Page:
Kyle Busch, a driver who already has known his fair share of success in a brilliant career, will remember this weekend at Richmond International Raceway for the rest of his life.

Friday night at RIR, Busch’s No. 54 Toyota won the NASCAR Nationwide Series race with big brother Kurt at the wheel. It was the first NNS victory for Kyle Busch Motorsports and a huge win for the family, which is why Kyle was choking back tears afterwards.

Saturday night, it was Kyle the driver who won at RIR, benefiting from the misfortune of others and a dubious late-race caution to put the No. 18 Joe Gibbs Racing Toyota in victory lane for a record fourth time in a row in this race.

“The first thing I asked Kyle, I said, ‘Okay, is it more fun winning as a car owner or a driver?’ team owner Joe Gibbs said after the Cup victory. “And he was honest, he says as a driver.”

“It's way harder to win as an owner, for sure,” Busch countered. “I'm standing there on the pit wall (during the NNS race) and I've got no control over what's going on. I'm ready to come on the radio with Kurt and tell him what all he needs to be doing.”

For Kyle, this weekend was exactly what he needed, breaking a 20-race winless streak and helping him recover from a slow start to the 2012 season.

And for once, Busch won when he didn’t have the dominant car. He won because he was in the right place at the right time, benefiting from pit road problems for Carl Edwards, Jimmie Johnson and Tony Stewart. But, hey, in NASCAR, the fastest car doesn’t always win. In recent years, the car that leads the most laps in any race wins less than half the time.

Busch won the race when a caution flew for debris late in the race — specifically, a water bottle out of the racing line on the backstretch. Under the ensuing yellow. Busch beat Stewart off pit road on Lap 388, cruising to a relatively easy win after leading just 32 laps to 118 for Stewart and 206 for Edwards.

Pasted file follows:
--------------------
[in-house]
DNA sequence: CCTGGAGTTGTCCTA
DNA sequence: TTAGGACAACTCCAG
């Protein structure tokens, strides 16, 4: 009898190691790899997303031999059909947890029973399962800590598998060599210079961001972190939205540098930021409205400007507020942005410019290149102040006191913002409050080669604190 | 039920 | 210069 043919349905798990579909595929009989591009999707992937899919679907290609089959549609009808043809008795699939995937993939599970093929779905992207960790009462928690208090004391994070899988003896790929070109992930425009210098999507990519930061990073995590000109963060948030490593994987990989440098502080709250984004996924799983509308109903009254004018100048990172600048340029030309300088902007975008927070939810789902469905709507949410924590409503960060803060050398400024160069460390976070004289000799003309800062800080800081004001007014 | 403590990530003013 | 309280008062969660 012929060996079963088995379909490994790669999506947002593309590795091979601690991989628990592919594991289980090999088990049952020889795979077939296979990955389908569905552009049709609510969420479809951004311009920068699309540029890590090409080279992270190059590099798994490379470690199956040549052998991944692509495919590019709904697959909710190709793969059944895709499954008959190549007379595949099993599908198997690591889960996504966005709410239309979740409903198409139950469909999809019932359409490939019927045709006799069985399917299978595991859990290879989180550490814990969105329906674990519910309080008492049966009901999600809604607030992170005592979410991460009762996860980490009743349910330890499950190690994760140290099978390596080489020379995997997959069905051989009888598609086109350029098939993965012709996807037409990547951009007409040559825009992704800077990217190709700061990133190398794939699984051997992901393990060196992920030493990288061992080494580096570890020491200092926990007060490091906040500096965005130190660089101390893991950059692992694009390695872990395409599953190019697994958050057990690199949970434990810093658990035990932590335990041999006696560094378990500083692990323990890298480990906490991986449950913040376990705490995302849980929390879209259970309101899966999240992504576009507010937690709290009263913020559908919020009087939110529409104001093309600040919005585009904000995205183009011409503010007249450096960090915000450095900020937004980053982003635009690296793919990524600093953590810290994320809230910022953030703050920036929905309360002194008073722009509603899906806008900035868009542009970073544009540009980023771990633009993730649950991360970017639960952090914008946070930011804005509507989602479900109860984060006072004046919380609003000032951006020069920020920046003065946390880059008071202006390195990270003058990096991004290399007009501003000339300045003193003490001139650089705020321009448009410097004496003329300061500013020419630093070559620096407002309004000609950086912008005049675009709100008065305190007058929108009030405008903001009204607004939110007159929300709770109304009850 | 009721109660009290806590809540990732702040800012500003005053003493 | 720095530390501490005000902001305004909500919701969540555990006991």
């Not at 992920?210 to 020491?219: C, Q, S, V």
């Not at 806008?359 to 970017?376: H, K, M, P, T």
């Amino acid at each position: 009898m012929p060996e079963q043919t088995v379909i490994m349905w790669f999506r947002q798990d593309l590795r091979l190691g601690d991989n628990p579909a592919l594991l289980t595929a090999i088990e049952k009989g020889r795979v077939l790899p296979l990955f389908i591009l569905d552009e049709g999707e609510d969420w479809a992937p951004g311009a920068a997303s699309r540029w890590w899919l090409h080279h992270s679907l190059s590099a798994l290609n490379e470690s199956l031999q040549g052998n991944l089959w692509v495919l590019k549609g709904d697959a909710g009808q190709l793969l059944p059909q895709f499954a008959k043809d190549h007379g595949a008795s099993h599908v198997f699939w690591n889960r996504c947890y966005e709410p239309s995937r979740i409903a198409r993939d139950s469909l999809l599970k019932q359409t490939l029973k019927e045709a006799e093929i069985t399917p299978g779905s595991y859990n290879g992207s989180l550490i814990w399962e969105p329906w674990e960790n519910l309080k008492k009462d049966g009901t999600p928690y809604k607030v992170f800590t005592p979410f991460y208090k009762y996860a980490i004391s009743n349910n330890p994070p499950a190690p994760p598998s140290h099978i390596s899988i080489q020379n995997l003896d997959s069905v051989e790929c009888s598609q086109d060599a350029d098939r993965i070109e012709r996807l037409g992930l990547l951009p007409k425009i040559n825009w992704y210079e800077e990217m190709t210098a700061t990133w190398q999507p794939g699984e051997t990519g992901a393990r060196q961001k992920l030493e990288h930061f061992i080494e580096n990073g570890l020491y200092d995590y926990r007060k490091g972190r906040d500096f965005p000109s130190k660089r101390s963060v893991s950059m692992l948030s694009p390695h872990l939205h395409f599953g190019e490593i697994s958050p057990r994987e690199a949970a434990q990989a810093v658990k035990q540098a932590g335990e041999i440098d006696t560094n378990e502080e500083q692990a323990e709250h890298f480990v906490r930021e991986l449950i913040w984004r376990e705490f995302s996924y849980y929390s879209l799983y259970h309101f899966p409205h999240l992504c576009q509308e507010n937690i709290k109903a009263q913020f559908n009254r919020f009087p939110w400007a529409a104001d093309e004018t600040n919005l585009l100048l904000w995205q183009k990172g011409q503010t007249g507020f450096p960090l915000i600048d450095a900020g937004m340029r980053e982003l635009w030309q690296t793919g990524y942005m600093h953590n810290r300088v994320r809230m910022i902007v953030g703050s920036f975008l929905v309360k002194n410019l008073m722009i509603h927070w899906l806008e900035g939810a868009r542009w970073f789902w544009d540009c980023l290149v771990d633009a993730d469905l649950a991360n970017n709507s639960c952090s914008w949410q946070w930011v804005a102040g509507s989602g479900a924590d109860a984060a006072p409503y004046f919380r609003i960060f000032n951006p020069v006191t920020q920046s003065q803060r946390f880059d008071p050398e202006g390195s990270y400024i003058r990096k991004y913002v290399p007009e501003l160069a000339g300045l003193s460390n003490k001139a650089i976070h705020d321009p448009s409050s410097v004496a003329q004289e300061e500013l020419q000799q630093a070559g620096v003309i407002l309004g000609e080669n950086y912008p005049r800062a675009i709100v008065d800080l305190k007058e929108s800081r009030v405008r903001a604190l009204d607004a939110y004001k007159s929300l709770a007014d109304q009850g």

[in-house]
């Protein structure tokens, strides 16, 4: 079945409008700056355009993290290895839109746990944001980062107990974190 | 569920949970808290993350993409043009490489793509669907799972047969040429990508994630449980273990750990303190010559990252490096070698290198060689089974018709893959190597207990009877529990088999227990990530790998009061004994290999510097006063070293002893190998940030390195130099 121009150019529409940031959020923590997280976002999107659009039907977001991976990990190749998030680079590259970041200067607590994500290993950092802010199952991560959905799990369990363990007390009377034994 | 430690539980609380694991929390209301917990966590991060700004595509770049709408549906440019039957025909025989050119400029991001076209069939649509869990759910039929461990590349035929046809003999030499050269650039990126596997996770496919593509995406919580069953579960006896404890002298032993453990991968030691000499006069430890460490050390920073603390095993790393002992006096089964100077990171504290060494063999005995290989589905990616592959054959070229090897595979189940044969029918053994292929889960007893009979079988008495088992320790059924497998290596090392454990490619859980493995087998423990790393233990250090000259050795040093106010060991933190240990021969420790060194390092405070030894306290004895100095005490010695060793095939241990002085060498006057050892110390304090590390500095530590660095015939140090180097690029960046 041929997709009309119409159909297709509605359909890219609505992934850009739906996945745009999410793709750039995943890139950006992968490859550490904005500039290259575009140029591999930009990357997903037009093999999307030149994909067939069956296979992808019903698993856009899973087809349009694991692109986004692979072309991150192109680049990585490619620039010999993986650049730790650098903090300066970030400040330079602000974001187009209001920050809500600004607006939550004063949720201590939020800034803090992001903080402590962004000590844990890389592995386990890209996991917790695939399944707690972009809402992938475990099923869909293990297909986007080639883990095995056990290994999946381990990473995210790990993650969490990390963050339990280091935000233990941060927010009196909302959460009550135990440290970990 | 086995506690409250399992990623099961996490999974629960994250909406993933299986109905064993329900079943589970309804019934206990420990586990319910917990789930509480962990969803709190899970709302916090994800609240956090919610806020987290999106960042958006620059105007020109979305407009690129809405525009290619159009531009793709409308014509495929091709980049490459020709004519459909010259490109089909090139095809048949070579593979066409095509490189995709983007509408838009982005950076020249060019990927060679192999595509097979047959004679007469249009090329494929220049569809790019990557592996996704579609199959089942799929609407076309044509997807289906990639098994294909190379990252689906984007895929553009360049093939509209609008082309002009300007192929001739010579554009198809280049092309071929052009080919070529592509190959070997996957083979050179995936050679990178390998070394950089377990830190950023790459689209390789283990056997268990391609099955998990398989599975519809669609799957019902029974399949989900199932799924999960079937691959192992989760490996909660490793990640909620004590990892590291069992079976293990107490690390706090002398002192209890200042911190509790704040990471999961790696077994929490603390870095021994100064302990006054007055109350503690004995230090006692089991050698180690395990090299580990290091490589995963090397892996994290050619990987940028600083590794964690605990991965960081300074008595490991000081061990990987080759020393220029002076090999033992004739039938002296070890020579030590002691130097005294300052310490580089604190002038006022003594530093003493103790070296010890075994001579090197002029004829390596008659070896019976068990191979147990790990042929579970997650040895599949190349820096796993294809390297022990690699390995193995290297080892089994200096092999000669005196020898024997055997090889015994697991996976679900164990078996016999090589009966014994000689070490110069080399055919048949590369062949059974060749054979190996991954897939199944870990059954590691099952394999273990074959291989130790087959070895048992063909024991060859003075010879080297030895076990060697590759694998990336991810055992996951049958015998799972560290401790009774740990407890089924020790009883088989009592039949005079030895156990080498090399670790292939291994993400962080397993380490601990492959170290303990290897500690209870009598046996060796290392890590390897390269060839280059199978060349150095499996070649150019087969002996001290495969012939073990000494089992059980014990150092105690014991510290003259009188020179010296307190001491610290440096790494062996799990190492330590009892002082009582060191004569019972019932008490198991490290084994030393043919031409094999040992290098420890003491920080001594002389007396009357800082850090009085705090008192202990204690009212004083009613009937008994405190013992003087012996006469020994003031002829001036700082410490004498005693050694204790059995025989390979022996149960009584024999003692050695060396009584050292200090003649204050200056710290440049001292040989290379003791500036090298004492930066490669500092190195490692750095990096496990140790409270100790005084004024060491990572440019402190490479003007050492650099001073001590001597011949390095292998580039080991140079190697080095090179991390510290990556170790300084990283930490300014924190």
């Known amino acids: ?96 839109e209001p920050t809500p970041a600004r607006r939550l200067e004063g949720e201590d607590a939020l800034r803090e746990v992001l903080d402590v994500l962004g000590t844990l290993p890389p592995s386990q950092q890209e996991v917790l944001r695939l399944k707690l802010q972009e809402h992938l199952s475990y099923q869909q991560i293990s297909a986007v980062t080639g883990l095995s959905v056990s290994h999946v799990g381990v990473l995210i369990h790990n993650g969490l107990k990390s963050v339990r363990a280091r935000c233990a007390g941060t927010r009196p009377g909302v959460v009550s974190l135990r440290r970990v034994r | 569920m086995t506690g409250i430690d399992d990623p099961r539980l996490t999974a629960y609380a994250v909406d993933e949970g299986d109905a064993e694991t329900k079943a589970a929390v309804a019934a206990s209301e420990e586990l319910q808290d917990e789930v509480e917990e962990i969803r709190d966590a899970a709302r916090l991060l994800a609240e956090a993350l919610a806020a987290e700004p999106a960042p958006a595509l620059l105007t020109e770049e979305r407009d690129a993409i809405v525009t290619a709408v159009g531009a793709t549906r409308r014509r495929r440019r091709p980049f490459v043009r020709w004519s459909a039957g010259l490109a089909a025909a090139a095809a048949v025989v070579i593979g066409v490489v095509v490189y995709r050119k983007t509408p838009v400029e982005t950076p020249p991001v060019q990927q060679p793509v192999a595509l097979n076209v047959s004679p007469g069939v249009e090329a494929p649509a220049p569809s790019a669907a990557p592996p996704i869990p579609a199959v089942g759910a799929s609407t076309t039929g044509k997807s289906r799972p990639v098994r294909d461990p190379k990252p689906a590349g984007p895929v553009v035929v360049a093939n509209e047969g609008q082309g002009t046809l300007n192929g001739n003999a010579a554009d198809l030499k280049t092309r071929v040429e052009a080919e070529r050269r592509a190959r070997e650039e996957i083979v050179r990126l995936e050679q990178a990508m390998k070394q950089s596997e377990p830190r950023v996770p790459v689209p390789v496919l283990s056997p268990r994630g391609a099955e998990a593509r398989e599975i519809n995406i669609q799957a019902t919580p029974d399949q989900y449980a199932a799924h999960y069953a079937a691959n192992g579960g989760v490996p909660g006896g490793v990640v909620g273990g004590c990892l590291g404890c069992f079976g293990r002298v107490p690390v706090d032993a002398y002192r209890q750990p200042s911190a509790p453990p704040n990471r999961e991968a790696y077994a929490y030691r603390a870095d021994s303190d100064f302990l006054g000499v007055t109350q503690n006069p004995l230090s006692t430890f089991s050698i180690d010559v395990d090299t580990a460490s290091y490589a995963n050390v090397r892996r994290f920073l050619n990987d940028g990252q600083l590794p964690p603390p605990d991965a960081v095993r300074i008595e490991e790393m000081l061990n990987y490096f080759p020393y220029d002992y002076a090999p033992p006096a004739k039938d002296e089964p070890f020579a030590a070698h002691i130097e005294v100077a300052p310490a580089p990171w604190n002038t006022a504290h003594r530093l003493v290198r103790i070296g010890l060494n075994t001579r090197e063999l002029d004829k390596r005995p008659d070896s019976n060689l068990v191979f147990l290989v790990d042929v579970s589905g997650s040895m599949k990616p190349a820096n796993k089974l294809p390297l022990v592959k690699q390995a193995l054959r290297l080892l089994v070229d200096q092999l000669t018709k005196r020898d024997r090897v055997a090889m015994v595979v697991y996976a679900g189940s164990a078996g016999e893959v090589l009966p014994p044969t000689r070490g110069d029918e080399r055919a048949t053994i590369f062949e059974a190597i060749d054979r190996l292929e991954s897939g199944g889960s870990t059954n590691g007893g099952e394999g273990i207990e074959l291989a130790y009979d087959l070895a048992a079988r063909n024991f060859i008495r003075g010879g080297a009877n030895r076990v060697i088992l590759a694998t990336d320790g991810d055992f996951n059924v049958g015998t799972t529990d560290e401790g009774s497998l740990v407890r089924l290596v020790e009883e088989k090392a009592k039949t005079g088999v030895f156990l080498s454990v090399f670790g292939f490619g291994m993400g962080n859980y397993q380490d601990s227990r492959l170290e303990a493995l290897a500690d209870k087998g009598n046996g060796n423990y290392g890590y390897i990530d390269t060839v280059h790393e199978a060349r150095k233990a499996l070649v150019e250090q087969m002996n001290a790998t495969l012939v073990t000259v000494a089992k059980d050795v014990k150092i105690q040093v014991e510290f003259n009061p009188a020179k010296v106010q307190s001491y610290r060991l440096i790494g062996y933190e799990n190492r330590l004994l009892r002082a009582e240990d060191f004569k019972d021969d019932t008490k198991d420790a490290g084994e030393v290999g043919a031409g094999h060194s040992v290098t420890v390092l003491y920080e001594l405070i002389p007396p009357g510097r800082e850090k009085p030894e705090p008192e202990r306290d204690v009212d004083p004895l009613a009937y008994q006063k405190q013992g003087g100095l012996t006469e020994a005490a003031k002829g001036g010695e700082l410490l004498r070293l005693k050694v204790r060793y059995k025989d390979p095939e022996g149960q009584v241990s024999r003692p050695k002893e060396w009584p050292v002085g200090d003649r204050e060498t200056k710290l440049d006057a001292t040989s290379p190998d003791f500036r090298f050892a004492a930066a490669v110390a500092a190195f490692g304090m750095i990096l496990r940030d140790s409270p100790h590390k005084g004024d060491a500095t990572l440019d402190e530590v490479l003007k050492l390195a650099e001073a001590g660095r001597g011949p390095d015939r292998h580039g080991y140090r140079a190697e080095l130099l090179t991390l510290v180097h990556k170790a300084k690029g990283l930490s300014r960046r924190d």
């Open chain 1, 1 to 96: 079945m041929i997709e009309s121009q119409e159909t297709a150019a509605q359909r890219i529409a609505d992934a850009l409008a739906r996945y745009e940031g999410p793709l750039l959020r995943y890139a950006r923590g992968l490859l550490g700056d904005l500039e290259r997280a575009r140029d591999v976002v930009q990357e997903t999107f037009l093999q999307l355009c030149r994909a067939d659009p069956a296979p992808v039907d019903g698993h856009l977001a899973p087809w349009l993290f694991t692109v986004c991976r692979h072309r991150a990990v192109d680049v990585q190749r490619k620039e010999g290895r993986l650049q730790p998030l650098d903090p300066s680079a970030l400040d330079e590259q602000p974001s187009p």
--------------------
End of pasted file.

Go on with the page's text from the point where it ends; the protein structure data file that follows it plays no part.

“I was losing half a tenth to a tenth on every lap to what Tony was doing up there (before the caution),” said Busch. “He was just so fast. ... My car just started getting a little bit too tight in the center and a little bit too loose off where I started losing ground, and once I about couldn't see him anymore, I figured, okay, I'm going to save what I've got here and just try to make it to the end here and see if any of the guys catch me from behind, give me something that I have left that I can reach them with if they get to my back bumper. No catching Stewart without that caution.”

And once out in front, Busch was long gone.

“I just knew if I hit my marks and did my job that we were pretty fast and that I could pull away,” Busch said. “When I looked up in my mirror and seen him (second-place finisher Dale Earnhardt Jr.) a little ways back, I just didn't even look any more and just started concentrating on what was out in front of me and made sure I hit my marks to not let that opportunity arise.”

Tom Jensen is the Editor in Chief of SPEED.com, Senior NASCAR Editor at RACER and a contributing Editor for TruckSeries.com. You can follow him online at twitter.com/tomjensen100.